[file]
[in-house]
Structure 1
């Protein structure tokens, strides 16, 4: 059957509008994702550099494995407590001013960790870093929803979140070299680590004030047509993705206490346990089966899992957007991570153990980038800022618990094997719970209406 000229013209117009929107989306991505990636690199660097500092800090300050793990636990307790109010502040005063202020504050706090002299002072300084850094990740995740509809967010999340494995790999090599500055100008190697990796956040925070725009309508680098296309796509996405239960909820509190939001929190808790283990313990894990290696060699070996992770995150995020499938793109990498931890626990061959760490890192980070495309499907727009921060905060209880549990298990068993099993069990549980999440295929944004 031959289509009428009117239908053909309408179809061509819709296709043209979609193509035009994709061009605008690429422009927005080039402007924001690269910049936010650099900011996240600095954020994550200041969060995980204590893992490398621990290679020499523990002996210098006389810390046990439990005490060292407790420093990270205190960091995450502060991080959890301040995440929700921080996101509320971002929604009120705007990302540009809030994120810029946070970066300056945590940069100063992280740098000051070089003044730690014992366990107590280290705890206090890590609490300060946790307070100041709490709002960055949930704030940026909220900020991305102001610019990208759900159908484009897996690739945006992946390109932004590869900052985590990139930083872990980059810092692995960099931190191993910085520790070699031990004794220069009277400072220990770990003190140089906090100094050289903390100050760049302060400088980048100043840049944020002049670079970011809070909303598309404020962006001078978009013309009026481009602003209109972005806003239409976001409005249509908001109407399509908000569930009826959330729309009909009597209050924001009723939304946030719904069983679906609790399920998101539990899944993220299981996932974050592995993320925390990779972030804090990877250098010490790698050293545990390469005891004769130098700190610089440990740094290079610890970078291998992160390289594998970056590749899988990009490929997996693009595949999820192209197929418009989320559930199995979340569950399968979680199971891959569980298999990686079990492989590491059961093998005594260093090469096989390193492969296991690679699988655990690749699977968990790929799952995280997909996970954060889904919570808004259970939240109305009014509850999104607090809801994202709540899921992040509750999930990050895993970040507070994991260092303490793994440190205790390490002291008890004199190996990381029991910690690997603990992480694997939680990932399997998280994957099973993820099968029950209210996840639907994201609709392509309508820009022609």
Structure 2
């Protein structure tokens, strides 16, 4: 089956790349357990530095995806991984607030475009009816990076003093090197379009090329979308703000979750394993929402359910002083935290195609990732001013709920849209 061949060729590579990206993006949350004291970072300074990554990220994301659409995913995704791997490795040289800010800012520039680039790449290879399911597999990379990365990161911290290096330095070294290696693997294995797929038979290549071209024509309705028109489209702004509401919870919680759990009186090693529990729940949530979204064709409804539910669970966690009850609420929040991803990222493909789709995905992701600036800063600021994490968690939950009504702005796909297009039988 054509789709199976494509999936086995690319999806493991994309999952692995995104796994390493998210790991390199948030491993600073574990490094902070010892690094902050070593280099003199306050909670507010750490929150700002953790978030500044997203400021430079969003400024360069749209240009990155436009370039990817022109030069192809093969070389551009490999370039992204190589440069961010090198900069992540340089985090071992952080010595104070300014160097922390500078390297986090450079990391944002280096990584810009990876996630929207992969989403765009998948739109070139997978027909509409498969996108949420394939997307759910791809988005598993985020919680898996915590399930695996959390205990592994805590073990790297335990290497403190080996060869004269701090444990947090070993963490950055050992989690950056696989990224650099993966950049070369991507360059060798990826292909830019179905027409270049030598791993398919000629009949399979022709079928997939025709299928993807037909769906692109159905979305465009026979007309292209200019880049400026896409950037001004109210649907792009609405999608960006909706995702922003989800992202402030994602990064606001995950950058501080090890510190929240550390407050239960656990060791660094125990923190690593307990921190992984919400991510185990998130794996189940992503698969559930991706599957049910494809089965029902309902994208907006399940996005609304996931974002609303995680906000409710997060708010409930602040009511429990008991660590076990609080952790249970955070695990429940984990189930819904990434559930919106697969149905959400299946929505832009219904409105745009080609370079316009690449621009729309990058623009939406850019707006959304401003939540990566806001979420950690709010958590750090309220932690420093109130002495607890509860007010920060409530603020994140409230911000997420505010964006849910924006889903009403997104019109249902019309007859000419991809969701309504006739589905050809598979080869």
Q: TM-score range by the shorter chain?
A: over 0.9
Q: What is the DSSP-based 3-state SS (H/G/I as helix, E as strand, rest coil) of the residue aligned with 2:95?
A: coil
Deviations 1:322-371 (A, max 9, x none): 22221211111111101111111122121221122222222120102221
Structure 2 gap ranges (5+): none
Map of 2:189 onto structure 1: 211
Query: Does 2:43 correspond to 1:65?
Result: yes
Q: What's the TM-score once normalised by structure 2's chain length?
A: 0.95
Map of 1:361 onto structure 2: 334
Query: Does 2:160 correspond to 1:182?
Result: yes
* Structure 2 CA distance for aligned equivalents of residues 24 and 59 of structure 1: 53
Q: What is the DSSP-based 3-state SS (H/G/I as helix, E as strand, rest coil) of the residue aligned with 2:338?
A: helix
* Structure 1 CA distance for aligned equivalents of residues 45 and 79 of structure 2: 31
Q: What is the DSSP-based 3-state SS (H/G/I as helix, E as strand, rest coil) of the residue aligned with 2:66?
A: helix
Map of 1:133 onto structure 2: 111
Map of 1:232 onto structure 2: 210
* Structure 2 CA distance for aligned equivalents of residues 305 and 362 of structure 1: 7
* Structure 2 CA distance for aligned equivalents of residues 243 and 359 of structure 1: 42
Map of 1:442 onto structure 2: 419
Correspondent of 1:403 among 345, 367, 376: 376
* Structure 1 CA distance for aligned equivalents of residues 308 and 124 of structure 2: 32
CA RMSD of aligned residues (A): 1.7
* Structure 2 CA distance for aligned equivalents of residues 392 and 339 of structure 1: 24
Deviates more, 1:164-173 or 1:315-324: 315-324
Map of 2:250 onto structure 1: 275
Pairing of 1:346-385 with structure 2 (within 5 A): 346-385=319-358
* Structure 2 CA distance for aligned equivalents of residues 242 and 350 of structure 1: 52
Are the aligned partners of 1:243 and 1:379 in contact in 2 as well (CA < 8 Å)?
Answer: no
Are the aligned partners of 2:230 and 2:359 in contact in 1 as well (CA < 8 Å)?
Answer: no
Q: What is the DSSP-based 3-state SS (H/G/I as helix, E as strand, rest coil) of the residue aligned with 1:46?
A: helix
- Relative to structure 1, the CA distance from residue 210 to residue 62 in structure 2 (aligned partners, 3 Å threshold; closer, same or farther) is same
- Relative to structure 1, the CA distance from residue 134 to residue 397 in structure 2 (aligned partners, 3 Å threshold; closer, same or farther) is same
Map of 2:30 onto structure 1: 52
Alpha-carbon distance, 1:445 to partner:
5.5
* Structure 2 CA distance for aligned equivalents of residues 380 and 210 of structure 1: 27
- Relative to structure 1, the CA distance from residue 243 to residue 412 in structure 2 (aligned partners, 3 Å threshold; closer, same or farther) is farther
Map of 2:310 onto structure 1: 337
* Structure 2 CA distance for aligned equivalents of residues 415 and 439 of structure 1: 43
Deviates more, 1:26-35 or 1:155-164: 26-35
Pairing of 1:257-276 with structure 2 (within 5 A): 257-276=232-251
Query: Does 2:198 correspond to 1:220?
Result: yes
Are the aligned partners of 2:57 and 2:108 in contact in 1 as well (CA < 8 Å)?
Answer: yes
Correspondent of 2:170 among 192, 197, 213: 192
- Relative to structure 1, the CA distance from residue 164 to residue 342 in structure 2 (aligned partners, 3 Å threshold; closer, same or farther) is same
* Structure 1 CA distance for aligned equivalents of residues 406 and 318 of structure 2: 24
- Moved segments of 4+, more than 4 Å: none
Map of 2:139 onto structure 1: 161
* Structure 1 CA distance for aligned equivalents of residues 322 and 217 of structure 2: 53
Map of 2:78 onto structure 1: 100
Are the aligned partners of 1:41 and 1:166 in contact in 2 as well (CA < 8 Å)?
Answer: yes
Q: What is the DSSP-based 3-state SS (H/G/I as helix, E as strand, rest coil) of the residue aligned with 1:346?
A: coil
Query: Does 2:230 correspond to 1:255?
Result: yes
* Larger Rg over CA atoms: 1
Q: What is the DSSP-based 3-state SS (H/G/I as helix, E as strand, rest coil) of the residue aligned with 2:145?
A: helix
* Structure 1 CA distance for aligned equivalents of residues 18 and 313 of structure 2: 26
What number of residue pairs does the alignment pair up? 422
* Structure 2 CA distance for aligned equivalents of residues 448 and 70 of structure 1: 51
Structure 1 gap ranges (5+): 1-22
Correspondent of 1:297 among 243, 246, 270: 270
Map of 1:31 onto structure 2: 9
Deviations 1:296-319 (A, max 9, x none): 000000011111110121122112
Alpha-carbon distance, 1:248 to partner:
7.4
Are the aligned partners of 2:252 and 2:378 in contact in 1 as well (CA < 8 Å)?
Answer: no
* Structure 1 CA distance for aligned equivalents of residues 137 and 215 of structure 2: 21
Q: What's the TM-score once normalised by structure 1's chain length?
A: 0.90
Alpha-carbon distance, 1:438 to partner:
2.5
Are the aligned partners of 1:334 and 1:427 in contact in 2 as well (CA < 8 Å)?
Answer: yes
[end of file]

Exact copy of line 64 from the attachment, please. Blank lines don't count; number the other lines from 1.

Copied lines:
Map of 2:139 onto structure 1: 161